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The Church of St. Simeon the God-Receiver (1467)

The Church of St. Simeon the God-Receiver in the Zverin monastery. 1467This church is visible from the right bank of River Volkhov if viewed from the Antoniev monastery. It stands on the other side of the river along with other churches of the 14th - 16th centuries, blending naturally into their styles. In the old days this territory served as the game-preserve of Novgorod princes and was used for hunting. Hence the name of the Zverin (Animal) monastery which was later established here, at the northern edges of old Novgorod.

The Church of St. Simeon the God-Receiver was constructed in 1467 on the place of a mass grave of Novgorod citizens who had been killed by the plaque. Before that a wooden church built on a vow in one day with the purpose of "stopping the great pestilence,"had stood on that spot. The external shape of the church is typical for the 15th century: it is of cubic shape, single-domed, with only one apse. But a second look reveals that the church's structure is not so elemental. First of all the church has two stories, a feature similar to Moscow churches of that period. But the most peculiar aspect is the church's wall painting which has lasted until the present day.

Archbishop Iona. Fragment of the wall-painting from the Church of St. Simeon the God-receiver . 15th centuryThe altar and the cupola parts are decorated in a traditional way, the western wall near the entrance features figures of the "triumphant" type, but the rest of the paintings are quite unique, having no analogues in Russian monumental painting.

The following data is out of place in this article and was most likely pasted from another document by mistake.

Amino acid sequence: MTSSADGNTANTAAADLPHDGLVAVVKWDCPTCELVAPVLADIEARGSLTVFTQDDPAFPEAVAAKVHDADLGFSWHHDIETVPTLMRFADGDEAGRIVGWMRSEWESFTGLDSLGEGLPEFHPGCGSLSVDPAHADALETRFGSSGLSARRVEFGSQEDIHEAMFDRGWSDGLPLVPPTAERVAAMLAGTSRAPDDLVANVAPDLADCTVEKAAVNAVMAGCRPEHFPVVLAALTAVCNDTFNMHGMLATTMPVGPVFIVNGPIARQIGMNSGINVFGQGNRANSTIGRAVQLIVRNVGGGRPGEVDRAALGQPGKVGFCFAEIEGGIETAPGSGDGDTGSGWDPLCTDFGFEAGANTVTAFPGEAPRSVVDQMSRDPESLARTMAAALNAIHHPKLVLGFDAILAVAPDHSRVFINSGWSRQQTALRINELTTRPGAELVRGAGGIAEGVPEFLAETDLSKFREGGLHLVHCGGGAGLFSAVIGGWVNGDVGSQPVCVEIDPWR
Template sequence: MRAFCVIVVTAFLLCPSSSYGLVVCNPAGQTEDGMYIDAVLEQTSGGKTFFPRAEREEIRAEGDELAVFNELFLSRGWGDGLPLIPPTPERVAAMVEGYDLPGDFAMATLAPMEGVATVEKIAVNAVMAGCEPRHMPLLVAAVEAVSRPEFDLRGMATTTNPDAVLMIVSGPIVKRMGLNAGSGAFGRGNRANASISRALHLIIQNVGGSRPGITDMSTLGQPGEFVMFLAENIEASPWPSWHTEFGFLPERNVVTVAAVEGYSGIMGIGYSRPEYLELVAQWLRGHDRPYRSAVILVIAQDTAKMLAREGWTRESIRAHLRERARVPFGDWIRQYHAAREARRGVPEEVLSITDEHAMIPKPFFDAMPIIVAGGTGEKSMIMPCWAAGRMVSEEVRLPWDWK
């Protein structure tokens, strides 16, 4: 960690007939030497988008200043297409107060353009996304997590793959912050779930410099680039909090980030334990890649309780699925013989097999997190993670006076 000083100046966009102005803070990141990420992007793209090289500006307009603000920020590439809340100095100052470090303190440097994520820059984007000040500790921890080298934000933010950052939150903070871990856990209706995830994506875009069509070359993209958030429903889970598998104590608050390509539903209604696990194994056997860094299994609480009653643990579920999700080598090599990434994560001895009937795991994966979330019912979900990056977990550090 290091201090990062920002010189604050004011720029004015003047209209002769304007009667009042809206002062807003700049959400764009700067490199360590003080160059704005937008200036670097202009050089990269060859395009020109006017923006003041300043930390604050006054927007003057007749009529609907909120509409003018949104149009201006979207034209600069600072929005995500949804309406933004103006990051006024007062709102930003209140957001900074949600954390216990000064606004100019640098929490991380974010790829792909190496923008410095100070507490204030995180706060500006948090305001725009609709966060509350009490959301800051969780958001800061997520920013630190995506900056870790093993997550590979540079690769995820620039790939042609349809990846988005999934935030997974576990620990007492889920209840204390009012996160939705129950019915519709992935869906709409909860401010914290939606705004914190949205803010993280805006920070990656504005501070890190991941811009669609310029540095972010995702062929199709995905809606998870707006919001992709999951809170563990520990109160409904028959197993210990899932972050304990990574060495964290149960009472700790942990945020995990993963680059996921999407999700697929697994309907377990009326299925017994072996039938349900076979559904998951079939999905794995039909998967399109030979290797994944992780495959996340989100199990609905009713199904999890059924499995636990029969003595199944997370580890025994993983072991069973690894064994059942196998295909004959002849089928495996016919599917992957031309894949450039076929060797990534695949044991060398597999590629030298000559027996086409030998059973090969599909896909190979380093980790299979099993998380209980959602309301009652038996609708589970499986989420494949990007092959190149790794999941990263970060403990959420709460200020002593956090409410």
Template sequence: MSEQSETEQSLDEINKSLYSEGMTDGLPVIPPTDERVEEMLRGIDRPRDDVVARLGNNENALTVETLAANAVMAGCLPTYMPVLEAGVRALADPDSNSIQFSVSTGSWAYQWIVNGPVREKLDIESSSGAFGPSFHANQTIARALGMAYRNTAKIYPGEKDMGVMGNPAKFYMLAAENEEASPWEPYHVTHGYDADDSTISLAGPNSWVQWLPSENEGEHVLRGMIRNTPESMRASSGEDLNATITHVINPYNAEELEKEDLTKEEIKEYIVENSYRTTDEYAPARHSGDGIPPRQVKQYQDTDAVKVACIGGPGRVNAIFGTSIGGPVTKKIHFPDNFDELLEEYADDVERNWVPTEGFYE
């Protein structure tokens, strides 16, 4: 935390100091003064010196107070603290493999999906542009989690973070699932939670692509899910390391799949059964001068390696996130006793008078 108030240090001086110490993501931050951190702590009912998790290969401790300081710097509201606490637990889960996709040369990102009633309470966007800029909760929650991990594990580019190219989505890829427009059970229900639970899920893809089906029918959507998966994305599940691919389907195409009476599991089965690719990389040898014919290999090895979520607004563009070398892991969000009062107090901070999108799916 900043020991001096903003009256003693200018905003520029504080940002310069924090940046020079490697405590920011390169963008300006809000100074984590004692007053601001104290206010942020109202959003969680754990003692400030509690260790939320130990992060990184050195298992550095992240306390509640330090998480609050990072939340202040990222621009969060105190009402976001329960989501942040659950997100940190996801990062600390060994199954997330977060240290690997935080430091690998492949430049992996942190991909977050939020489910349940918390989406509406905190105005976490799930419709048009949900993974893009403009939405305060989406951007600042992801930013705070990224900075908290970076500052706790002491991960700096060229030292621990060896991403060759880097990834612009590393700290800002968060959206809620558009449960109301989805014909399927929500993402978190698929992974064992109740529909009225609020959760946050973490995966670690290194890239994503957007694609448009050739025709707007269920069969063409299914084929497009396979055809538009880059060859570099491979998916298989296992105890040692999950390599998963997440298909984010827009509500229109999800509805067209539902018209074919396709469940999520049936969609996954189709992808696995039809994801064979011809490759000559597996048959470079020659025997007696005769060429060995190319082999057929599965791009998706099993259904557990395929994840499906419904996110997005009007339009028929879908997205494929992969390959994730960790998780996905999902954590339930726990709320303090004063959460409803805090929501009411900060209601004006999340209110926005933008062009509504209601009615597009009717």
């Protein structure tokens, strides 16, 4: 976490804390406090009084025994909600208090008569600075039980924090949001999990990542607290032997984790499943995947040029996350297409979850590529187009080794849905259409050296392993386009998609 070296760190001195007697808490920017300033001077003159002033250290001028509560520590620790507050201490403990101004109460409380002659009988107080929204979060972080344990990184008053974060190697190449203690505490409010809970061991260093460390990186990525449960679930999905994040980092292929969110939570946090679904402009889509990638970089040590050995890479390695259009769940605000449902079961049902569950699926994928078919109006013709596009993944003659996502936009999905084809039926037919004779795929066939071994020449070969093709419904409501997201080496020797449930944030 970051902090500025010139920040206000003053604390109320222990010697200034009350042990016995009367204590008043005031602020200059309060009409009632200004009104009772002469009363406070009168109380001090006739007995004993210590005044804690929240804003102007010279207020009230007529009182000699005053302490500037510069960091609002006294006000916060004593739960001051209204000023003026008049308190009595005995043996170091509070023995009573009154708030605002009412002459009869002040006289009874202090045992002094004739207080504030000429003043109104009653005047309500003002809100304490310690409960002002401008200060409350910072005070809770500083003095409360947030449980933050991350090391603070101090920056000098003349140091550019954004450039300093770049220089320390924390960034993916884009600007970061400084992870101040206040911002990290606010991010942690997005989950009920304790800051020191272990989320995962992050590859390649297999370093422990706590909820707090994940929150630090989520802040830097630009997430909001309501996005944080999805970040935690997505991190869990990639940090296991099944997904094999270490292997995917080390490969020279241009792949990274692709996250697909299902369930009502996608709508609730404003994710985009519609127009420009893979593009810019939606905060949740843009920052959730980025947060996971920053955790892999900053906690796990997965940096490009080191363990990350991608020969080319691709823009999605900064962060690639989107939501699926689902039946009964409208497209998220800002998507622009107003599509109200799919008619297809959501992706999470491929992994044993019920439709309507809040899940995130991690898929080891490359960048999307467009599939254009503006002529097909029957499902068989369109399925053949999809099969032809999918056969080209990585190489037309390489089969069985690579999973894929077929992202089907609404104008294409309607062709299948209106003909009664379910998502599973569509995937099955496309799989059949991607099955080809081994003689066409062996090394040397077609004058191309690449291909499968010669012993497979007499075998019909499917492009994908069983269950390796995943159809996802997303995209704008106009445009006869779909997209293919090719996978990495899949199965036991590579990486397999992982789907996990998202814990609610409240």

The walls, the columns and the arches are covered with small-sized bust images of saints made in the manner of miniature pictures (with the use of tempera paints, unusual for fresco painting). Each day of the year corresponds to a figure of a saint, in other words representing a peculiar calendar. To see them all one should start with the figure of Simeon the God-Receiver, his day being September 1, when the New Year was celebrated in medieval Russia. Each of the Novgorodians buried in the mass grave had a patron saint displayed in the church.

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